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(a) The commissioner of the Pollution Control Agency, after consultation and cooperation
with the commissioners of agriculture and natural resources, shall present proposed rules to the
Pollution Control Agency board prescribing water quality permit requirements for aquaculture
facilities by May 1, 1992. The rules must consider:
(1) best available proven technology, best management practices, and water treatment
practices that prevent and minimize degradation of waters of the state considering economic
factors, availability, technical feasibility, effectiveness, and environmental impacts;
(2) classes, types, sizes, and categories of aquaculture facilities;
(3) temporary reversible impacts versus long-term impacts on water quality;
(4) effects on drinking water supplies that cause adverse human health concerns; and
(5) aquaculture therapeutics, which shall be regulated by the Pollution Control Agency.
(b) Net pen aquaculture and other aquaculture facilities with similar effects must submit an
annual report to the commissioner of the pollution control agency analyzing changes in water
quality trends from previous years, documentation of best management practices, documentation
of costs to restore the waters used for aquaculture to the trophic state existing before aquatic
farming was initiated, and documentation of financial assurance in an amount adequate to pay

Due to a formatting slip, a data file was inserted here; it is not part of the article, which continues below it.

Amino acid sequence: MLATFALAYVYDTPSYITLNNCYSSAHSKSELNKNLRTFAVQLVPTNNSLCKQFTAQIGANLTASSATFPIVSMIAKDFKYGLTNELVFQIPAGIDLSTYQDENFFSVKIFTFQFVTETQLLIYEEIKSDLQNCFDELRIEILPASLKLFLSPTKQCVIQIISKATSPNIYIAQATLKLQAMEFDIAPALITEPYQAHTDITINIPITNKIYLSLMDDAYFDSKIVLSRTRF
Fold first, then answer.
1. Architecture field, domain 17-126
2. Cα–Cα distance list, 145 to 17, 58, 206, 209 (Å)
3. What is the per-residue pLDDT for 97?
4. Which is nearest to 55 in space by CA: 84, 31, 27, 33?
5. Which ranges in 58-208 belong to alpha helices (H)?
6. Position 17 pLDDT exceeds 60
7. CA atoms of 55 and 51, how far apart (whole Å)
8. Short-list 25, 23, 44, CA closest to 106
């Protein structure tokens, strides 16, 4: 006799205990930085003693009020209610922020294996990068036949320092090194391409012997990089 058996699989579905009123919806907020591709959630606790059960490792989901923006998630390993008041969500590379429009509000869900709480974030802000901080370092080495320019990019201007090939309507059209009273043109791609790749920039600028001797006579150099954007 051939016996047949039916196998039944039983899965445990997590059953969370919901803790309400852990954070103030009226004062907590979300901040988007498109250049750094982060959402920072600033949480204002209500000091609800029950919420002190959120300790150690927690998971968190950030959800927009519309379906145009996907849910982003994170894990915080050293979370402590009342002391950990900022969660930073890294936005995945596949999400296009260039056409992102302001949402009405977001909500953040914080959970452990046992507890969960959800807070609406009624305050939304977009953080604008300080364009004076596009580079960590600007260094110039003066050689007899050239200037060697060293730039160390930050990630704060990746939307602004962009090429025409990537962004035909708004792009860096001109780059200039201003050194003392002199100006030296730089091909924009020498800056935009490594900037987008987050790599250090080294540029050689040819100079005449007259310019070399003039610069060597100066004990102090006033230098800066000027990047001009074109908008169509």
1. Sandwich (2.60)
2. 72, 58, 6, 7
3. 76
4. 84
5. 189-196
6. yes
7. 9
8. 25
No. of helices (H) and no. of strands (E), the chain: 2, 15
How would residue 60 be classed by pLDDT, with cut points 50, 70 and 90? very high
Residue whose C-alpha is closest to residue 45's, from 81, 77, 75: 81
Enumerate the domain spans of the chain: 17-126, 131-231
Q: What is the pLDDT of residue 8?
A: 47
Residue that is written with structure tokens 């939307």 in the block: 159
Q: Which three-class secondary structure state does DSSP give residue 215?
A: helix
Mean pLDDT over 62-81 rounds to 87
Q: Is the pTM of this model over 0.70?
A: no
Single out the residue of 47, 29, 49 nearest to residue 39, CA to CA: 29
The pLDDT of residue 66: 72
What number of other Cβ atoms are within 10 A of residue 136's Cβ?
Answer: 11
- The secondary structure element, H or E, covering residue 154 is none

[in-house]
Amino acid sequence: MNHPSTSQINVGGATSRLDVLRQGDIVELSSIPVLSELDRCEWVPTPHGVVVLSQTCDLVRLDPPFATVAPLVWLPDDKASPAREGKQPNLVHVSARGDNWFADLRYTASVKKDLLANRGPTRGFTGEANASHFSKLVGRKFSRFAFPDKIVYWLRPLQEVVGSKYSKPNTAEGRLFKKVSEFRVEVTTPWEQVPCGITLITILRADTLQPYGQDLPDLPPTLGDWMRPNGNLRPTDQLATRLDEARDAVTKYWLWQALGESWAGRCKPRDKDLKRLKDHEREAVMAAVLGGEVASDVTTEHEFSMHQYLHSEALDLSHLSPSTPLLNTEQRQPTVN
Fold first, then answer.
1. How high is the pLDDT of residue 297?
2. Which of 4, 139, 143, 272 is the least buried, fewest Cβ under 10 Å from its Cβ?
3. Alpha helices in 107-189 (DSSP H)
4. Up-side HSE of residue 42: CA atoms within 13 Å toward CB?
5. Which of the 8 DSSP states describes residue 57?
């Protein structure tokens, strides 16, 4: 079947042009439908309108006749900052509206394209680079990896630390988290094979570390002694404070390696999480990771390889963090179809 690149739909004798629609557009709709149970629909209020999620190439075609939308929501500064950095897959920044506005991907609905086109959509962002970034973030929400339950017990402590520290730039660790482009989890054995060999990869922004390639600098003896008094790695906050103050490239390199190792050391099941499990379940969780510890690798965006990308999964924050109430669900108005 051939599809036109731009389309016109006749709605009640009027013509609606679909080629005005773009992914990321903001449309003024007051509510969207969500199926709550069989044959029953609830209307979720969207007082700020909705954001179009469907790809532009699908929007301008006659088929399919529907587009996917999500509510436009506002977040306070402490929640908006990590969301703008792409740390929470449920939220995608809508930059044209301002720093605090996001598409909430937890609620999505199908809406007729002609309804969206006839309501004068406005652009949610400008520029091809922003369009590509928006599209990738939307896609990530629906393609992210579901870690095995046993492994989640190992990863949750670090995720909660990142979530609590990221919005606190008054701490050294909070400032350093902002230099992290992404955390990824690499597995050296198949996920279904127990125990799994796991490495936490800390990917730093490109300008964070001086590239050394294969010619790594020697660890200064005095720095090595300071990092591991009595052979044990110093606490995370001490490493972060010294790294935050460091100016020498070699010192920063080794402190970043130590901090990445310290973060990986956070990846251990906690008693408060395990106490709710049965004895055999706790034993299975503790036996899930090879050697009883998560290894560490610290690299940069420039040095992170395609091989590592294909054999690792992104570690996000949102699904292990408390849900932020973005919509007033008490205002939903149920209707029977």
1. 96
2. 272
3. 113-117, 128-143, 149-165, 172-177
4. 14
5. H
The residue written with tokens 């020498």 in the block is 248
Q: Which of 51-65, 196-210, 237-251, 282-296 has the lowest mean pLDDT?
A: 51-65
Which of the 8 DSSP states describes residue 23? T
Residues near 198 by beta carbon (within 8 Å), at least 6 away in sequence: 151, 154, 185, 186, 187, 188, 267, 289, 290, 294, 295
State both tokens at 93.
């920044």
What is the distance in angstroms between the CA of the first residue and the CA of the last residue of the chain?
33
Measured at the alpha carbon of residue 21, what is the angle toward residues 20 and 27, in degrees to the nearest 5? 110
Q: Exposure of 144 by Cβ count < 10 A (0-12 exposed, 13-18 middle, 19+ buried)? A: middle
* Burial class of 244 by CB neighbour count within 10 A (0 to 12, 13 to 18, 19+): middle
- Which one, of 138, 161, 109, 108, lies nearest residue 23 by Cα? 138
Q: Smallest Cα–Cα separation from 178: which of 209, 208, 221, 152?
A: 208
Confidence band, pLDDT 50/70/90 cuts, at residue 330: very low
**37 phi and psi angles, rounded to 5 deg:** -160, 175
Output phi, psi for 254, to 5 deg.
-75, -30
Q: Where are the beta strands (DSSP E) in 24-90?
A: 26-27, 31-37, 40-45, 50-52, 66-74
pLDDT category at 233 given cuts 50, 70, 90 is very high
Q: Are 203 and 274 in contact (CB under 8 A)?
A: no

for restoration costs. The trophic state, which is the productivity of the waters measured by total
phosphorus, dissolved oxygen, algae abundance as chlorophyll-a, and secchi disk depth of light
penetration, and the condition of the waters measured by raw drinking water parameters, shall be
determined to the extent possible before aquatic farming is initiated. The financial assurance may
be a trust fund, letter of credit, escrow account, surety bond, or other financial assurance payable
to the commissioner for restoration of the waters if the permittee cannot or will not restore the
waters after termination of aquatic farming operations or revocation of the permit.
(c) Information received as part of a permit application or as otherwise requested must be
classified according to chapter 13. Information about processes, aquatic farming procedures, feed
and therapeutic formulas and rates, and tests on aquatic farming products that have economic
value is nonpublic data under chapter 13, if requested by the applicant or permittee.
History: 1991 c 309 s 10; 1999 c 86 art 3 s 4

Official Publication of the State of Minnesota
Revisor of Statutes